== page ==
Deadly game of Hide 'n' Seek

Editorial Type: Research Date: 2018-03-01 Views: 1,525 Tags: Security, Botnets, IoT, Website Security, Malware, Data Breaches, Bitdefender , BOHH Labs, Oracle PDF Version:
Bitdefender researchers have uncovered an emerging botnet that uses advanced communication techniques to exploit victims and build its infrastructure
A new bot, dubbed HNS, has been intercepted by Bitdefender's IoT honeypot system, following a credentials dictionary attack on the Telnet service. The bot was first spotted in early January this year, then faded away in the following days, only to re-emerge 10 days later in a significantly improved form.

"The HNS botnet communicates in a complex and decentralised manner, and uses multiple anti-tampering techniques to prevent a third party from hijacking/ poisoning it," explains Bogdan Botezatu, senior e-threat analyst at Bitdefender. The bot can perform web exploitation against a series of devices via the same exploit as Reaper and other vulnerabilities against networking equipment. It embeds a plurality of commands, such as data exfiltration, code execution and interference with a device's operation.

The bot features a worm-like spreading mechanism that randomly generates a list of IP addresses to get potential targets. It then initiates a raw socket SYN connection to each host in the list and continues communication with those that answer the request on specific destination ports (23 2323, 80, 8080). Once the connection has been established, the bot looks for a specific banner ("buildroot login:") presented by the victim. If it gets this login banner, it attempts to log in with a set of predefined credentials. If that fails, the botnet attempts a dictionary attack using a hardcoded list."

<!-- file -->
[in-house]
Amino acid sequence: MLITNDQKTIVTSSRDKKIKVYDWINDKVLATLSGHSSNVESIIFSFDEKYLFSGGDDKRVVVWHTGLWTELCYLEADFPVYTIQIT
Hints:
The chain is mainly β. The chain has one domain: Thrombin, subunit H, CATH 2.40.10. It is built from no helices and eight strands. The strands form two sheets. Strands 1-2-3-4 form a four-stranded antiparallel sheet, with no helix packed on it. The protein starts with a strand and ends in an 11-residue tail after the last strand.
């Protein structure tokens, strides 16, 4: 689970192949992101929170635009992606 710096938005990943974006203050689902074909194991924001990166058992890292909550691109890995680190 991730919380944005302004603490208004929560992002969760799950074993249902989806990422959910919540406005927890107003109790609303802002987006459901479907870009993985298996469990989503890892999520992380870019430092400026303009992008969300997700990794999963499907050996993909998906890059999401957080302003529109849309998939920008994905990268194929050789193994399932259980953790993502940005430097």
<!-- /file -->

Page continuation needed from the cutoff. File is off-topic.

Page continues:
Once a session is established with a new victim, the sample will run through a 'state machine' to properly identify the target device and select the most suitable compromise method. "For example, if the victim has the same LAN as the bot, the bot sets up TFTP server to allow the victim to download the sample from the bot," adds Botezatu. "If the victim is located on the internet, the bot will attempt a specific remote payload delivery method to get the victim to download and run the malware sample. These exploitation techniques are preconfigured and are located in a memory location that is digitally signed to prevent tampering. This list can be updated remotely and propagated among infected hosts."

The samples identified in Bitdefender's honeypots in early January revolved around IP cameras manufactured by a Korean company. "These devices seemed to play a major role in the botnet, as, out of the 12 IP addresses hardcoded in the sample, 10 used to belong to Focus H&S devices. The new version, observed on January 20, dropped the hardcoded IPs."

Like other IoT bots, the newly discovered HNS bot cannot achieve persistence and a reboot would bring the compromised device back to its clean state. It is the second known IoT botnet to date, after the notorious Hajime botnet, that has a decentralised, peer-to-peer architecture.